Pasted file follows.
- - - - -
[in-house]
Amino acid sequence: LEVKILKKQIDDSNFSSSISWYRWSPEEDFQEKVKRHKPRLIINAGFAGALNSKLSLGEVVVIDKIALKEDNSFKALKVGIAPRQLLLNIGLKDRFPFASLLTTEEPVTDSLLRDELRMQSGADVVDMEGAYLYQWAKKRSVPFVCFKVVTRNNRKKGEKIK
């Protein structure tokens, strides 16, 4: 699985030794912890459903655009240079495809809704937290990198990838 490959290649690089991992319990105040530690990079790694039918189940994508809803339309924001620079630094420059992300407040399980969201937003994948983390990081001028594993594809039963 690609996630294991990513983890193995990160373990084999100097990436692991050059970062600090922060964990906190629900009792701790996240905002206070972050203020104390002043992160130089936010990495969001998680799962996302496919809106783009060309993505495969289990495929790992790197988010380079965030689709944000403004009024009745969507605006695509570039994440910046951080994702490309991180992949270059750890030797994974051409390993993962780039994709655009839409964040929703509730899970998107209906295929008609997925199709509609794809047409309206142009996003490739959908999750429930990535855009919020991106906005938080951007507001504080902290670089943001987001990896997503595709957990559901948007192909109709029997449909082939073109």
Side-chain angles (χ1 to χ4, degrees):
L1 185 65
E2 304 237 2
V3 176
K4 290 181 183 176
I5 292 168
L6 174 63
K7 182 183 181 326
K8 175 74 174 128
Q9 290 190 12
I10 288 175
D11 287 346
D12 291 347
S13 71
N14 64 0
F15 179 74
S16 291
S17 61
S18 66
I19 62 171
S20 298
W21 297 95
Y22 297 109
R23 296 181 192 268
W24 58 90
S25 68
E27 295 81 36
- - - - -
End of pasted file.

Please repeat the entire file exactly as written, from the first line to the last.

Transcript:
[in-house]
Amino acid sequence: LEVKILKKQIDDSNFSSSISWYRWSPEEDFQEKVKRHKPRLIINAGFAGALNSKLSLGEVVVIDKIALKEDNSFKALKVGIAPRQLLLNIGLKDRFPFASLLTTEEPVTDSLLRDELRMQSGADVVDMEGAYLYQWAKKRSVPFVCFKVVTRNNRKKGEKIK
């Protein structure tokens, strides 16, 4: 699985030794912890459903655009240079495809809704937290990198990838 490959290649690089991992319990105040530690990079790694039918189940994508809803339309924001620079630094420059992300407040399980969201937003994948983390990081001028594993594809039963 690609996630294991990513983890193995990160373990084999100097990436692991050059970062600090922060964990906190629900009792701790996240905002206070972050203020104390002043992160130089936010990495969001998680799962996302496919809106783009060309993505495969289990495929790992790197988010380079965030689709944000403004009024009745969507605006695509570039994440910046951080994702490309991180992949270059750890030797994974051409390993993962780039994709655009839409964040929703509730899970998107209906295929008609997925199709509609794809047409309206142009996003490739959908999750429930990535855009919020991106906005938080951007507001504080902290670089943001987001990896997503595709957990559901948007192909109709029997449909082939073109």
Side-chain angles (χ1 to χ4, degrees):
L1 185 65
E2 304 237 2
V3 176
K4 290 181 183 176
I5 292 168
L6 174 63
K7 182 183 181 326
K8 175 74 174 128
Q9 290 190 12
I10 288 175
D11 287 346
D12 291 347
S13 71
N14 64 0
F15 179 74
S16 291
S17 61
S18 66
I19 62 171
S20 298
W21 297 95
Y22 297 109
R23 296 181 192 268
W24 58 90
S25 68
E27 295 81 36